lunch box idea

How to make cute moulded eggs

These eggs up the cute in any lunch box!

All you need for these adorable noms are large eggs and egg molds (can be found on eBay, Amazon or speciality bento sites)

First, start with LARGE eggs (small eggs won’t fill the mold, and you’ll end up with half-shapes). Add about 1 tablespoon of salt for each 3 eggs boiled.

This extra salt does not flavor the eggs at all - as the water boils, the salty liquid penetrates the shell through osmosis and provides sort of a cushion of liquid between the egg and the shell. This makes it much easier to peel.

Boil the eggs for about 15-18 minutes. This helps loosen the egg from its shell. The time may vary on your stovetop, so experiment until you find the right combination : )

When the eggs are done boiling, tap them gently on a flat surface to split the shell - be careful not to puncture the egg! If needed, briefly run the egg under cool water, but don’t let the egg become cold. In order to mold properly the egg must still be HOT!

Gently and carefully squeeze the hot egg a little to fit it into the mold better. Don’t go too fast or the egg will crack. The egg is still very pliable when its hot.

After it’s tucked into its mold just right, you can close the lid. If the mold you’re using doesn’t lock closed very well, try using rubber bands to keep it tight.

When the molds are all filled, put them into an ice bath. I put this bowl into the fridge for about a half hour or so.

When you’re ready to take one out, run it under hot water for a second. It helps loosen it from the mold. Open the mold and wiggle the egg a little until it comes out easily.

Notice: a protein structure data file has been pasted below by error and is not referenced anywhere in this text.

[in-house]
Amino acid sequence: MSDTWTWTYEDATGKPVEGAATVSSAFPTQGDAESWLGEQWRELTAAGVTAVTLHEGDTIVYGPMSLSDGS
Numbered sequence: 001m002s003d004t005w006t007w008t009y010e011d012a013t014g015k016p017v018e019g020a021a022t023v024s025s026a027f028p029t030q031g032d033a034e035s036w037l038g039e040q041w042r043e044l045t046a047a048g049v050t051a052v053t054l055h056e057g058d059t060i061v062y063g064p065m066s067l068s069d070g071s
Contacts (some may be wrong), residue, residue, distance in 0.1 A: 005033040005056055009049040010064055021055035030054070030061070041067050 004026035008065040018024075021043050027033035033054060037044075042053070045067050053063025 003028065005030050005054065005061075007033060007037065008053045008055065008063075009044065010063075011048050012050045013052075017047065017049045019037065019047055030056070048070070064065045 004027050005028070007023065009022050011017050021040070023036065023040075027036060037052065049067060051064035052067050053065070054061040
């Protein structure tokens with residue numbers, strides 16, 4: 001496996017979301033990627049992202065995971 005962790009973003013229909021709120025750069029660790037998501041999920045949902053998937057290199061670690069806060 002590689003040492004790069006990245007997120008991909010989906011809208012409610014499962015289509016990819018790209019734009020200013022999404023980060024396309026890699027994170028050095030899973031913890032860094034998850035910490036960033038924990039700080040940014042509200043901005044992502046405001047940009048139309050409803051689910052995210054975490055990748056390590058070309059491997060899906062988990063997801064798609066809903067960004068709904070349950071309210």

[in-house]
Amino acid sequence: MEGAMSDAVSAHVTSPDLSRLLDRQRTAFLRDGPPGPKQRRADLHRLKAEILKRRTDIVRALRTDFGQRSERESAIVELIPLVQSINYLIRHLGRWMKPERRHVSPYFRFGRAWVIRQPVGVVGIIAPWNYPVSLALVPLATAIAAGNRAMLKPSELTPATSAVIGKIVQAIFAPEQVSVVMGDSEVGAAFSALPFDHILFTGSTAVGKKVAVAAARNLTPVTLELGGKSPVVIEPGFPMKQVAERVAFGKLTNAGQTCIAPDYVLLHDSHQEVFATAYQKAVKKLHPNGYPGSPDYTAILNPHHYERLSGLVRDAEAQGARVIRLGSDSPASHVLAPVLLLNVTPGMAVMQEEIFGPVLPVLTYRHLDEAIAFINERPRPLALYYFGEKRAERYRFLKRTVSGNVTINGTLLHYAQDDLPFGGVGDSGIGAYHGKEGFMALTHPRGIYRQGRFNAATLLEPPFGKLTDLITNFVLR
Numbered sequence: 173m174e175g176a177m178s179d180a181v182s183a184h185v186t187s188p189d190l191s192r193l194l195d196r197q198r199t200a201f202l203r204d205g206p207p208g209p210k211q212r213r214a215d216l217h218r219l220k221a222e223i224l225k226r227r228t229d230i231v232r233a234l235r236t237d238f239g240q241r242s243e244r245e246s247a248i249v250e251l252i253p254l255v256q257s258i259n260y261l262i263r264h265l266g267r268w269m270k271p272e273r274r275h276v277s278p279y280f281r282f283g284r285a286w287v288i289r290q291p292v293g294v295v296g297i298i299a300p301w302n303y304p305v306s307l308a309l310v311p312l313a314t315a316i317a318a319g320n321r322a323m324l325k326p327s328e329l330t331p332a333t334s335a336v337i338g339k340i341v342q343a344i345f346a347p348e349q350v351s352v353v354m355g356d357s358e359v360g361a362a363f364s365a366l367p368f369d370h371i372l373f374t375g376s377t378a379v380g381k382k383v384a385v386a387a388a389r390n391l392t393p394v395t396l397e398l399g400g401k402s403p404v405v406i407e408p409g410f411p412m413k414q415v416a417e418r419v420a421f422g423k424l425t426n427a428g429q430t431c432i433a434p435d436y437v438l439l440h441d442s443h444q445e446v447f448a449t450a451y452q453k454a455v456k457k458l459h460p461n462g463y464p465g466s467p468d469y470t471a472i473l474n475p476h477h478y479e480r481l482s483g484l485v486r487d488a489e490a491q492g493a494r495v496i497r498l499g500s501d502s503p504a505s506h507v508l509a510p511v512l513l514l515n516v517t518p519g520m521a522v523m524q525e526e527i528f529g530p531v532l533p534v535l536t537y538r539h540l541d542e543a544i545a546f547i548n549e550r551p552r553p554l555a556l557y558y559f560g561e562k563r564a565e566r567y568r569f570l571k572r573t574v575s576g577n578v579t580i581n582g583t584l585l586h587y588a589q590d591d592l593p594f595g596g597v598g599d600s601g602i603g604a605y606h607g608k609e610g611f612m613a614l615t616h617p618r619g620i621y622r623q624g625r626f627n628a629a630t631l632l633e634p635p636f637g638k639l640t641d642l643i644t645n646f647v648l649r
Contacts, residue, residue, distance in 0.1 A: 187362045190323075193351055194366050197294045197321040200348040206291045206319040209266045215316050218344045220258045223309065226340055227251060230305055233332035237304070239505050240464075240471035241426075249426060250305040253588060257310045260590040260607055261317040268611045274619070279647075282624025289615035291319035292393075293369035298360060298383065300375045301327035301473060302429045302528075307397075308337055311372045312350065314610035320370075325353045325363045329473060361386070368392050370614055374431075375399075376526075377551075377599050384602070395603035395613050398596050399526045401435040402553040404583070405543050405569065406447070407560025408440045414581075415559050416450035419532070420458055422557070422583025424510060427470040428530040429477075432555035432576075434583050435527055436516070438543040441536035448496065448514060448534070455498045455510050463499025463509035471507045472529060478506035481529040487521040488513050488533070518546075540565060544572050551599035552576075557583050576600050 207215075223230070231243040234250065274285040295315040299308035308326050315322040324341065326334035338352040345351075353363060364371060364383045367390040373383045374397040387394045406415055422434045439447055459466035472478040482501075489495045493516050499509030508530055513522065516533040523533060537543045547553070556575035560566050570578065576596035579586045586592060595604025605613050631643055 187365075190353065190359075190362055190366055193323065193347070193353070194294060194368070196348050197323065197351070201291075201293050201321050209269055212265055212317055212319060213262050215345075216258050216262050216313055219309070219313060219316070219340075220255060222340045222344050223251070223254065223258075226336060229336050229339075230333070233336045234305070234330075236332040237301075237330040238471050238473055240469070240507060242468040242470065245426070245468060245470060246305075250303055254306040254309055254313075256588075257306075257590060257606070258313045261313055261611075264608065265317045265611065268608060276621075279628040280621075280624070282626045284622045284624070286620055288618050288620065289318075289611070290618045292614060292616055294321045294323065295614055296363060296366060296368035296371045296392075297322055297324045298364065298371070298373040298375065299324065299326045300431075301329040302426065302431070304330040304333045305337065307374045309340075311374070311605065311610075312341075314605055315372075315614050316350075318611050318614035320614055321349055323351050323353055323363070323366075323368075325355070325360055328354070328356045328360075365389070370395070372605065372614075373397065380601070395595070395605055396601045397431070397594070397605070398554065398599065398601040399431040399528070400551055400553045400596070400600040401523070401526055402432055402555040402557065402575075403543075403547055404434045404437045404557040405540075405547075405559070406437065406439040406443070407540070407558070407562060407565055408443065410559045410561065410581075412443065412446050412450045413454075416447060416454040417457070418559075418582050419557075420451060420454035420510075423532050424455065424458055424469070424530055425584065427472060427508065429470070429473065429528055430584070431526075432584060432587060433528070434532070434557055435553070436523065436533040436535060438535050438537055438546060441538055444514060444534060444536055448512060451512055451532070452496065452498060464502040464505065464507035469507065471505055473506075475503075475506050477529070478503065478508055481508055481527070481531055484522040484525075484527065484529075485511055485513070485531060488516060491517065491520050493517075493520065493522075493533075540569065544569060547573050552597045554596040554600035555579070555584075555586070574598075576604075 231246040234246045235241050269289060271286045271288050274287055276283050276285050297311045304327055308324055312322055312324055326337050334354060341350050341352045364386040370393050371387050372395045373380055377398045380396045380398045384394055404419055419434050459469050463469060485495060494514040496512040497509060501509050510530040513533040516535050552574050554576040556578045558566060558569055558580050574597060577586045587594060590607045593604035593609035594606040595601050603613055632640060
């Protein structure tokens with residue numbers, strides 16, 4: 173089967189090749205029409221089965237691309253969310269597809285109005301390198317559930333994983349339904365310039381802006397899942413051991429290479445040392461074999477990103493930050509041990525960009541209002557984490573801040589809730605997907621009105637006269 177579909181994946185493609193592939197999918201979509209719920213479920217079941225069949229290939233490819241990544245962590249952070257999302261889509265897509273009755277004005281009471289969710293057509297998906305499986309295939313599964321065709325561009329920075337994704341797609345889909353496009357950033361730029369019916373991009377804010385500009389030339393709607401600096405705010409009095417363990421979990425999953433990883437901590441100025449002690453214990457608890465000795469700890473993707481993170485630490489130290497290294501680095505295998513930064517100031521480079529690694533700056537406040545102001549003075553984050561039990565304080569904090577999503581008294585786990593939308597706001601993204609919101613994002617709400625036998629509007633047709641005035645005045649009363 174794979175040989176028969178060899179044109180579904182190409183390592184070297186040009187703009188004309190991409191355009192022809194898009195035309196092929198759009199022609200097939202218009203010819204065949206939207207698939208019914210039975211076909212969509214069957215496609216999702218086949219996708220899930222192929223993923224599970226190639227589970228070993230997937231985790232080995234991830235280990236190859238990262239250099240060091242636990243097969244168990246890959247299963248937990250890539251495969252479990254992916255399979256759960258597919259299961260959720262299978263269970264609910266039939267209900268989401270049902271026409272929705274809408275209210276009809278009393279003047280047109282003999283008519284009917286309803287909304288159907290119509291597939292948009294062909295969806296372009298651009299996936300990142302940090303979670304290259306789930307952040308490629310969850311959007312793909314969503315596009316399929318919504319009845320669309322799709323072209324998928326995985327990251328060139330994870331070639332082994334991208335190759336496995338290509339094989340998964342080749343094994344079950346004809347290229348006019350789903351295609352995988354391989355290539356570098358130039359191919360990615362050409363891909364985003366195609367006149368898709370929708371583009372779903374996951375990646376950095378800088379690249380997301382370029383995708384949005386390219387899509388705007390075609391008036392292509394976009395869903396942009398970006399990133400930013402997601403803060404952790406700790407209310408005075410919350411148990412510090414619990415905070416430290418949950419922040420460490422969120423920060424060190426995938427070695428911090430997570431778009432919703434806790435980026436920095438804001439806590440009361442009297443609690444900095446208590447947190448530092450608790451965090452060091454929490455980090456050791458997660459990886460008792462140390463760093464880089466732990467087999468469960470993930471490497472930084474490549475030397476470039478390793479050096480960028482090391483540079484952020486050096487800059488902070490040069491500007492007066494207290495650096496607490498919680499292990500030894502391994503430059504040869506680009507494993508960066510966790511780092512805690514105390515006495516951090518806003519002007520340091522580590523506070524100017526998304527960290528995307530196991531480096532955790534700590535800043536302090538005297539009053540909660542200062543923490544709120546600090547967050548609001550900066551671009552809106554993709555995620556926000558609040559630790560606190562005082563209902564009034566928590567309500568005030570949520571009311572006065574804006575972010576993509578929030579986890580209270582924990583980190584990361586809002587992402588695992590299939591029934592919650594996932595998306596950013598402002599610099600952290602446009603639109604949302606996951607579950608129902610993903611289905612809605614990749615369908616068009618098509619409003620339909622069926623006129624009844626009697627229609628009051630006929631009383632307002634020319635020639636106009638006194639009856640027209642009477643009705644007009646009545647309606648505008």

Ta-Da! A super cute shaped eggs!

The Bottomless Pit’s last-minute thrown-together Bento of:

-dried squid
-taiwanese iron eggs
-sauteed baby green beans with furikake
-rice (bottom compartment)

I tried cutting shorter ‘legs’ for the octo-wieners, but It didn’t really work. I also should have gone more with the flower theme and used the sausages as the stem and dried squid as 'leaves’.

Although I mostly stick to vegetarian options, oyakodon is one of those dishes I continually make an exception for. I fell in love with this savory chicken and egg dish while living in Tokyo, Japan for 18 months (which I made a graphic novel about and you can read here!). It was always a bit greasy at restaurants, so I love the homemade version much better!

Bento box with oyakodon, white rice, and broccoli salad (broccoli with mayo dressing, veggie bacon, raisins, and sunflower seeds).

anonymous asked:

Could you do another lunch ideas bento box recipes again?

Totally! I will probably wait until the Fall though as that’s when back to school stuff will start picking up x In the meantime, personally I think you can put pretty much any recipe in a bento box and it will still be great 😂


Hers: chicken and veggies in a tomato and apricot sauce with a nectarine for dessert

I find that I really need to coax myself to have lunch at work- I hate having to leave my desk (which of course, as an Archivist, I must, due to the Precious Things that are often on my desk) and don’t want to stop what I’m doing because I get really into it.

My solution is to prepare something that would go to waste if I didn’t eat it, because I really dislike wasting food. I also use cute lunch boxes because they make me smile!